TRiO provides services for some disadvantaged students

Char Telkamp

Char Telkamp

Will you be the first person in your family to graduate from college? Do you worry that a documented disability will have an impact on your being successful at college? Will your family’s limited income effect your college success?

If you answered yes to one or more of these questions, than TRiO may be the place to help you onto the road to success.

“Many students dream of going to college,” TRiO Director Jeff Maras said. “But some face more barriers in this pursuit than others. In light of this TRiO was formed to increase access to higher education for all individuals.”

A federally funded grant program, TRiO emerged from the 1964 Economic Opportunity Act. SDSU received a grant to implement its first TRiO program, Student Support Services (SSS) in the summer of 2001.

To qualify for participation in SSS, students must meet one of three criteria: be first generation students (with neither parent having a baccalaureate degree); have a documented disability; or be from an economically disadvantaged family.

TRiO has had a successful first year at SDSU according to Maras. The program’s retention rate goal was set at 75 percent, it achieved 84.8 percent. In academic performance the goal was to have 75 percent of students in good academic standing at SDSU. Last year, 92.2 percent of SDSU TRiO students were in good standing.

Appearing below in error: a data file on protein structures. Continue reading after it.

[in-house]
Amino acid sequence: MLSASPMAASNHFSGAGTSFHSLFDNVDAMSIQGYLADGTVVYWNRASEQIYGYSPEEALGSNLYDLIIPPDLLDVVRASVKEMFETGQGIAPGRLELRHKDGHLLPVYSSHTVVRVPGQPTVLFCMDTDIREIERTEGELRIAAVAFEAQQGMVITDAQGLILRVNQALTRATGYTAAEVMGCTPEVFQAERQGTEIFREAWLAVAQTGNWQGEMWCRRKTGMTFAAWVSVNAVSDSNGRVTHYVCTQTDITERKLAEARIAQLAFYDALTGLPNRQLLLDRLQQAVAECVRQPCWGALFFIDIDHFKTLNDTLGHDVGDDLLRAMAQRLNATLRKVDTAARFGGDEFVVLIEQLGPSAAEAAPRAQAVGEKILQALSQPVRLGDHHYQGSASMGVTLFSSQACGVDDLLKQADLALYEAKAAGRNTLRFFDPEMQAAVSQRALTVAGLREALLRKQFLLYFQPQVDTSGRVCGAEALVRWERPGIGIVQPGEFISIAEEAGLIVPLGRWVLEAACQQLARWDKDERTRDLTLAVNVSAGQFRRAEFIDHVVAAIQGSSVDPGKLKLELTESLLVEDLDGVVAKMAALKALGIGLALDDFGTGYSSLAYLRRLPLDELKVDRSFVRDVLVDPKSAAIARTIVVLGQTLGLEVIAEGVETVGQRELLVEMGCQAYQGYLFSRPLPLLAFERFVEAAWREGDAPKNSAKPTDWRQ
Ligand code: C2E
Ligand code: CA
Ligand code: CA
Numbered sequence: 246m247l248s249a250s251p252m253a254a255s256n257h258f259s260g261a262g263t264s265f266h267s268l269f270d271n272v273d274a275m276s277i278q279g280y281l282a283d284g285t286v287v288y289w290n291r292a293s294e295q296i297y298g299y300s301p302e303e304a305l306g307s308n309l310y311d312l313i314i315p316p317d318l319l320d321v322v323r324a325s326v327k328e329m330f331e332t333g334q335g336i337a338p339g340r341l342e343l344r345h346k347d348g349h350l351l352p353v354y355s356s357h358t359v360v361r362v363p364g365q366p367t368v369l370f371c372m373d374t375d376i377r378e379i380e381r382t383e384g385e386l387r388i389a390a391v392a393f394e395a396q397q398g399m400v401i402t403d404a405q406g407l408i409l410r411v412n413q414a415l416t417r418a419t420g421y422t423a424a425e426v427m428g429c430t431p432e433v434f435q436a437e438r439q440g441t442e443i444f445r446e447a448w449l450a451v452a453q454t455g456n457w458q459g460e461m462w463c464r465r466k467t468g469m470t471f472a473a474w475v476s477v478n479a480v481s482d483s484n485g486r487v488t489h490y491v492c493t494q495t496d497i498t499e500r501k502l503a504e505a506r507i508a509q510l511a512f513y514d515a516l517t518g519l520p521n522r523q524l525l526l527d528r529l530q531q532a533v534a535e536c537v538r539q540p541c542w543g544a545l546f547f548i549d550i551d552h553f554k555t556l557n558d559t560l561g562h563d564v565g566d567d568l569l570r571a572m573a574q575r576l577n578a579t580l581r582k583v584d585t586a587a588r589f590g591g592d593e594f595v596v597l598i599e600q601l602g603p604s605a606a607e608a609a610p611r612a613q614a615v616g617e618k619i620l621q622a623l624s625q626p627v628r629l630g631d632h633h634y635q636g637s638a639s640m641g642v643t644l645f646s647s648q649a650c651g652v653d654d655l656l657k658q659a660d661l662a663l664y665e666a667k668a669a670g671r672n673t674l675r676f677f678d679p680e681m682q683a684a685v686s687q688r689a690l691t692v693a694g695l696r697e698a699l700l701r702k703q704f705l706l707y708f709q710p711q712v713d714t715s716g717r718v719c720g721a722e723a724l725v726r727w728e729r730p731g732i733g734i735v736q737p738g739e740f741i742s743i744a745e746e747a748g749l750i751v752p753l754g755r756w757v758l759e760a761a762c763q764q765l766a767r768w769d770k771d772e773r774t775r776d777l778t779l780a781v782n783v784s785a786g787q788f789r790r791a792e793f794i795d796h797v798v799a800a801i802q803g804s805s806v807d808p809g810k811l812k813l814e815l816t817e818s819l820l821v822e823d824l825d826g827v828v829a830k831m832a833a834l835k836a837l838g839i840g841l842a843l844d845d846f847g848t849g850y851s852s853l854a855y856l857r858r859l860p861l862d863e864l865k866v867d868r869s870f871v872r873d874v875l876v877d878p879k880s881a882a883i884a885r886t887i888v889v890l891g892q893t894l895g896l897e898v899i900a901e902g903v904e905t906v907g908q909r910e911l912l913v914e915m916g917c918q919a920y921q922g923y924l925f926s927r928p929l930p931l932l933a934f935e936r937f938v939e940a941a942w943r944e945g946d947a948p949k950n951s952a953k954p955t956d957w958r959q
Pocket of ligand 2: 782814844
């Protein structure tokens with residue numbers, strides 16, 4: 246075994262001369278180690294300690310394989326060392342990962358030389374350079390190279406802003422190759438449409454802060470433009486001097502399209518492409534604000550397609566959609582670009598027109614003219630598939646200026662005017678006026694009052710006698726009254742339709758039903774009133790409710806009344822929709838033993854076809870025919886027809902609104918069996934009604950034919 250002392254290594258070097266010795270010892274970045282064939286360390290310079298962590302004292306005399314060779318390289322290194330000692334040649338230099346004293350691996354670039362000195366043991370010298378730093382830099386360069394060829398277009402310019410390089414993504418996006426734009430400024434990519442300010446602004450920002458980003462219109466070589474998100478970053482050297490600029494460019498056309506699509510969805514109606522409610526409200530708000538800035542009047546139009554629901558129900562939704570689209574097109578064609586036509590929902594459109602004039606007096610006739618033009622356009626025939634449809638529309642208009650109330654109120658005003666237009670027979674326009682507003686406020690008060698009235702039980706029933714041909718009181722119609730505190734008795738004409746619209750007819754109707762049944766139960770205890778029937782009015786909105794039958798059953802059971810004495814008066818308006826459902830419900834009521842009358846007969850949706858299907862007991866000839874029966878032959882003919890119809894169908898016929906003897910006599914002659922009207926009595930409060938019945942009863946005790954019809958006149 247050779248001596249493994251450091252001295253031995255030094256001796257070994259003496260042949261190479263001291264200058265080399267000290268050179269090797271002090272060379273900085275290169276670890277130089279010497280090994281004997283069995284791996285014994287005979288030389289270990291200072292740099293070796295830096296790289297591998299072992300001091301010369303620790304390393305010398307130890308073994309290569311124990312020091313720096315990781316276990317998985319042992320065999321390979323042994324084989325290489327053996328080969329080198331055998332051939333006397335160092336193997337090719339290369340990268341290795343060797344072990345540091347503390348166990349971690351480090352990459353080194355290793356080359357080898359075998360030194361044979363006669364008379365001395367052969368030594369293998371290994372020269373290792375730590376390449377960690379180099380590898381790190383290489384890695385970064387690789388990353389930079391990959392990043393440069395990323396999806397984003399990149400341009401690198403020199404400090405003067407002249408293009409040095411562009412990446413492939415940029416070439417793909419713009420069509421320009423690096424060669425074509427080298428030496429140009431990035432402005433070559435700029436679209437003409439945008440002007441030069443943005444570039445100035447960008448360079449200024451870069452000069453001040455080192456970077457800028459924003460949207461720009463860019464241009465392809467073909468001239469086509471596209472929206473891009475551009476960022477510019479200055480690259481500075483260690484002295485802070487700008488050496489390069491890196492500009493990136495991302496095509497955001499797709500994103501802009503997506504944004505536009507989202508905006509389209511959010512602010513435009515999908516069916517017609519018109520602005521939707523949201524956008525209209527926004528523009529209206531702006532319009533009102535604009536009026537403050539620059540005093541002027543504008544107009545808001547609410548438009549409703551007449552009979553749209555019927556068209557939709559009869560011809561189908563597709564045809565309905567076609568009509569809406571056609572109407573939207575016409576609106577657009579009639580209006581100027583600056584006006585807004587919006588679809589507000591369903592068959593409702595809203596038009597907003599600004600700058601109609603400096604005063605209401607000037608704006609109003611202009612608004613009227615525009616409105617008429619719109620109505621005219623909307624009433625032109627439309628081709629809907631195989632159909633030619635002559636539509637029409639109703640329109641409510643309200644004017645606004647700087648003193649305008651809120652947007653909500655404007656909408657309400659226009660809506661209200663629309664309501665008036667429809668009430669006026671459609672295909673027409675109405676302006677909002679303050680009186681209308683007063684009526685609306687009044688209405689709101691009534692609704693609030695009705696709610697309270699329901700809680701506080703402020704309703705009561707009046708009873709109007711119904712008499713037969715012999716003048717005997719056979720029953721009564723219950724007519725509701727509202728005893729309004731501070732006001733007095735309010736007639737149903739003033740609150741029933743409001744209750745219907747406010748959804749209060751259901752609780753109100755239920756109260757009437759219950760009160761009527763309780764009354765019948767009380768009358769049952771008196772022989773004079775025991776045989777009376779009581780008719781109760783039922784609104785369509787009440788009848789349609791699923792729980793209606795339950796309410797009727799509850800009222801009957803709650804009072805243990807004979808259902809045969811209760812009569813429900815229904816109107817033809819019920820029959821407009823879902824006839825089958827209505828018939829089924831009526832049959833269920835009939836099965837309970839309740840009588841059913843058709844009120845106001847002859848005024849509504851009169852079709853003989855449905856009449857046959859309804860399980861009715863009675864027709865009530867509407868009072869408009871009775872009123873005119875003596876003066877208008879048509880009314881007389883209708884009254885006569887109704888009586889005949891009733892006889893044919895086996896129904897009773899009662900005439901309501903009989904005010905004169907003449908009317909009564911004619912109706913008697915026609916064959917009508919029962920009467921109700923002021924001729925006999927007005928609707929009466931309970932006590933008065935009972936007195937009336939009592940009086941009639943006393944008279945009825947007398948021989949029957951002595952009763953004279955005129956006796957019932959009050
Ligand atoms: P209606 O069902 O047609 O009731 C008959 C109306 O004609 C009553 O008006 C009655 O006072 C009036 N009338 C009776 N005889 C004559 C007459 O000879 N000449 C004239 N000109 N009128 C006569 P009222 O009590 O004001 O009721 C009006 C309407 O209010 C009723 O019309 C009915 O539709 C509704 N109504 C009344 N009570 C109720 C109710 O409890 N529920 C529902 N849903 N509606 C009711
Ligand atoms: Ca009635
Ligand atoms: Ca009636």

The SSS program uses a variety of strategies that make it possible for students to improve their academic performance and develop effective life skills. “TRiO made my freshman year less stressful and, all together, they familiarized me to the university,” Brad Thiele, Sibley Iowa, TRiO participant said.

A student Advisory Board was formed this spring to help with program evaluation and enhancement. The 10-member board, having participated in TRiO programs and services, are offering new ideas and recommendations to enhance program services and suggest activities to meet the changing needs of SSS participants.

In addition, TRiO has formed a peer advisory program. Upper class TRiO participants would be paired with new incoming students.

These peers would than be available to offer assistance in learning where classes were, how to use the library, where to study and other areas.

“One of the things I’ve learned talking to my students,” Maras said. “They feel intimidated by the environment, and how to move through the system.”

“I think the biggest adjustment college students have to make is getting used to being on your own,” Holt agrees. “Sometimes it takes a while for students to realize that they have to start making decisions that will be positive towards their future.”

The TRiO program at SDSU is located on the first floor of the admissions building on campus. Anyone interested in more information or applying to the program can stop in or check out the TRiO web-site at: Services/

“TRiO is open to 150 students each semester at SDSU,” Maras said. “We have a revolving door policy, each semester we have 20-25 open seats available.”